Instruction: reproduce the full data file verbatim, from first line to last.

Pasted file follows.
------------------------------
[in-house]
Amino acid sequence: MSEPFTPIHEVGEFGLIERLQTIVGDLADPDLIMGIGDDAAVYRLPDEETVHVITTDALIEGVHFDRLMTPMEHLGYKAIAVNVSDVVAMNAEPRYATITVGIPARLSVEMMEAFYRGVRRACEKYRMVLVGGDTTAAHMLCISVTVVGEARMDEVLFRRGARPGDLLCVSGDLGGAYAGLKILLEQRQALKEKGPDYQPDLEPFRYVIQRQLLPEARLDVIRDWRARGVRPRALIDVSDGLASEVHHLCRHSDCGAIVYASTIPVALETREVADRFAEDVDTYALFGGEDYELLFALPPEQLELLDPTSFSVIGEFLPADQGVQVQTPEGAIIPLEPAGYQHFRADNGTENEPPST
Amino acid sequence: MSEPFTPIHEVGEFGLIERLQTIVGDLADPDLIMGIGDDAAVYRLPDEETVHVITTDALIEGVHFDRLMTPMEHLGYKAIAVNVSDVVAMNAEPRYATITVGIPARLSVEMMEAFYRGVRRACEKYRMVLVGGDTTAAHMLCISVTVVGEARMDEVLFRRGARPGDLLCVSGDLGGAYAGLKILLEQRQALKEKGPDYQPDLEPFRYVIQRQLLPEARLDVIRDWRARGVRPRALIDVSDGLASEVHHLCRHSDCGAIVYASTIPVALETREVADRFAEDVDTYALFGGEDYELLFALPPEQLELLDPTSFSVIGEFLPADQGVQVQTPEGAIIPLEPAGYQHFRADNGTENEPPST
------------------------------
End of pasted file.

[in-house]
Amino acid sequence: MSEPFTPIHEVGEFGLIERLQTIVGDLADPDLIMGIGDDAAVYRLPDEETVHVITTDALIEGVHFDRLMTPMEHLGYKAIAVNVSDVVAMNAEPRYATITVGIPARLSVEMMEAFYRGVRRACEKYRMVLVGGDTTAAHMLCISVTVVGEARMDEVLFRRGARPGDLLCVSGDLGGAYAGLKILLEQRQALKEKGPDYQPDLEPFRYVIQRQLLPEARLDVIRDWRARGVRPRALIDVSDGLASEVHHLCRHSDCGAIVYASTIPVALETREVADRFAEDVDTYALFGGEDYELLFALPPEQLELLDPTSFSVIGEFLPADQGVQVQTPEGAIIPLEPAGYQHFRADNGTENEPPST
Amino acid sequence: MSEPFTPIHEVGEFGLIERLQTIVGDLADPDLIMGIGDDAAVYRLPDEETVHVITTDALIEGVHFDRLMTPMEHLGYKAIAVNVSDVVAMNAEPRYATITVGIPARLSVEMMEAFYRGVRRACEKYRMVLVGGDTTAAHMLCISVTVVGEARMDEVLFRRGARPGDLLCVSGDLGGAYAGLKILLEQRQALKEKGPDYQPDLEPFRYVIQRQLLPEARLDVIRDWRARGVRPRALIDVSDGLASEVHHLCRHSDCGAIVYASTIPVALETREVADRFAEDVDTYALFGGEDYELLFALPPEQLELLDPTSFSVIGEFLPADQGVQVQTPEGAIIPLEPAGYQHFRADNGTENEPPST